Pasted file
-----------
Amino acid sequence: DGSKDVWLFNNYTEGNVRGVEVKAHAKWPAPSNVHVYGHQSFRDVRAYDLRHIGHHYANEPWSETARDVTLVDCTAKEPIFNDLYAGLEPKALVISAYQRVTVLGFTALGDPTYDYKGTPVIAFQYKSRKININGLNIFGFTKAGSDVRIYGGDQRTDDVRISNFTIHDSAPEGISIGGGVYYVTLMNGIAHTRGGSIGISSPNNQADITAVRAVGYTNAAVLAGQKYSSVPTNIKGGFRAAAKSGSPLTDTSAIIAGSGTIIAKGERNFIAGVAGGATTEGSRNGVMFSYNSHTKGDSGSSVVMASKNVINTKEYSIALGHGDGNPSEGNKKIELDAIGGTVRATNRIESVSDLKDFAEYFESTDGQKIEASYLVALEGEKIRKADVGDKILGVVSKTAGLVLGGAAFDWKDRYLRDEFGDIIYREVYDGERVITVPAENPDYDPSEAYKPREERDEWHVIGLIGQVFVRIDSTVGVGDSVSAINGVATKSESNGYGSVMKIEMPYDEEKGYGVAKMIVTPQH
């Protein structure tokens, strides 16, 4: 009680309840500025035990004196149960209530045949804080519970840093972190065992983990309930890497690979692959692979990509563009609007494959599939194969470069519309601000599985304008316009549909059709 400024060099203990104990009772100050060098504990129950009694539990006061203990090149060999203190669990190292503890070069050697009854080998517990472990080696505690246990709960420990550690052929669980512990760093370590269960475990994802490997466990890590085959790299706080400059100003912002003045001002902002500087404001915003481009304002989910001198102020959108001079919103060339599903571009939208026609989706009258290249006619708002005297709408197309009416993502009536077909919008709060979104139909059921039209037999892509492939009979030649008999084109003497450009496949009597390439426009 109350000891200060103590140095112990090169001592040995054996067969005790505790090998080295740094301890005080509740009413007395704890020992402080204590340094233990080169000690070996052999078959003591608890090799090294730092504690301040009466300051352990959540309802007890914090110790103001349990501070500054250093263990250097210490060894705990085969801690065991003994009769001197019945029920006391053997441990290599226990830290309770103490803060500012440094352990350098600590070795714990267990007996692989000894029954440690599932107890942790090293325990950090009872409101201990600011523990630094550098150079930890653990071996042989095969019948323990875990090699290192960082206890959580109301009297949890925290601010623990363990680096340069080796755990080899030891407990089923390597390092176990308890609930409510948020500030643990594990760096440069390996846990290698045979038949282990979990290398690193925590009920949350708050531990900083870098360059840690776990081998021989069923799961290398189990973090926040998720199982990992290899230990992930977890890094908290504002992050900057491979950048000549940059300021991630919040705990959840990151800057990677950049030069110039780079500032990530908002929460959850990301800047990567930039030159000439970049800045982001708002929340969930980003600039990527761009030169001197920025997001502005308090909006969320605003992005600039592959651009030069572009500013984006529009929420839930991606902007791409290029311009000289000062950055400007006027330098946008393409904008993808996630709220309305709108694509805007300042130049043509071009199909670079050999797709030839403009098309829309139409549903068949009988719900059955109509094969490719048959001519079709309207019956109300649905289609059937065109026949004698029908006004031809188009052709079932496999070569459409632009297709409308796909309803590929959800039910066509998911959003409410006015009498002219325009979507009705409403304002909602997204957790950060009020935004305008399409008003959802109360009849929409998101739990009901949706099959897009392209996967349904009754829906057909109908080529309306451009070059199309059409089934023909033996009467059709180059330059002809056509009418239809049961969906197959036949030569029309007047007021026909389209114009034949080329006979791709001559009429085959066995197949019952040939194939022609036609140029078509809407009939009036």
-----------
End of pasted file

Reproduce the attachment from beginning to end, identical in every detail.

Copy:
Amino acid sequence: DGSKDVWLFNNYTEGNVRGVEVKAHAKWPAPSNVHVYGHQSFRDVRAYDLRHIGHHYANEPWSETARDVTLVDCTAKEPIFNDLYAGLEPKALVISAYQRVTVLGFTALGDPTYDYKGTPVIAFQYKSRKININGLNIFGFTKAGSDVRIYGGDQRTDDVRISNFTIHDSAPEGISIGGGVYYVTLMNGIAHTRGGSIGISSPNNQADITAVRAVGYTNAAVLAGQKYSSVPTNIKGGFRAAAKSGSPLTDTSAIIAGSGTIIAKGERNFIAGVAGGATTEGSRNGVMFSYNSHTKGDSGSSVVMASKNVINTKEYSIALGHGDGNPSEGNKKIELDAIGGTVRATNRIESVSDLKDFAEYFESTDGQKIEASYLVALEGEKIRKADVGDKILGVVSKTAGLVLGGAAFDWKDRYLRDEFGDIIYREVYDGERVITVPAENPDYDPSEAYKPREERDEWHVIGLIGQVFVRIDSTVGVGDSVSAINGVATKSESNGYGSVMKIEMPYDEEKGYGVAKMIVTPQH
């Protein structure tokens, strides 16, 4: 009680309840500025035990004196149960209530045949804080519970840093972190065992983990309930890497690979692959692979990509563009609007494959599939194969470069519309601000599985304008316009549909059709 400024060099203990104990009772100050060098504990129950009694539990006061203990090149060999203190669990190292503890070069050697009854080998517990472990080696505690246990709960420990550690052929669980512990760093370590269960475990994802490997466990890590085959790299706080400059100003912002003045001002902002500087404001915003481009304002989910001198102020959108001079919103060339599903571009939208026609989706009258290249006619708002005297709408197309009416993502009536077909919008709060979104139909059921039209037999892509492939009979030649008999084109003497450009496949009597390439426009 109350000891200060103590140095112990090169001592040995054996067969005790505790090998080295740094301890005080509740009413007395704890020992402080204590340094233990080169000690070996052999078959003591608890090799090294730092504690301040009466300051352990959540309802007890914090110790103001349990501070500054250093263990250097210490060894705990085969801690065991003994009769001197019945029920006391053997441990290599226990830290309770103490803060500012440094352990350098600590070795714990267990007996692989000894029954440690599932107890942790090293325990950090009872409101201990600011523990630094550098150079930890653990071996042989095969019948323990875990090699290192960082206890959580109301009297949890925290601010623990363990680096340069080796755990080899030891407990089923390597390092176990308890609930409510948020500030643990594990760096440069390996846990290698045979038949282990979990290398690193925590009920949350708050531990900083870098360059840690776990081998021989069923799961290398189990973090926040998720199982990992290899230990992930977890890094908290504002992050900057491979950048000549940059300021991630919040705990959840990151800057990677950049030069110039780079500032990530908002929460959850990301800047990567930039030159000439970049800045982001708002929340969930980003600039990527761009030169001197920025997001502005308090909006969320605003992005600039592959651009030069572009500013984006529009929420839930991606902007791409290029311009000289000062950055400007006027330098946008393409904008993808996630709220309305709108694509805007300042130049043509071009199909670079050999797709030839403009098309829309139409549903068949009988719900059955109509094969490719048959001519079709309207019956109300649905289609059937065109026949004698029908006004031809188009052709079932496999070569459409632009297709409308796909309803590929959800039910066509998911959003409410006015009498002219325009979507009705409403304002909602997204957790950060009020935004305008399409008003959802109360009849929409998101739990009901949706099959897009392209996967349904009754829906057909109908080529309306451009070059199309059409089934023909033996009467059709180059330059002809056509009418239809049961969906197959036949030569029309007047007021026909389209114009034949080329006979791709001559009429085959066995197949019952040939194939022609036609140029078509809407009939009036």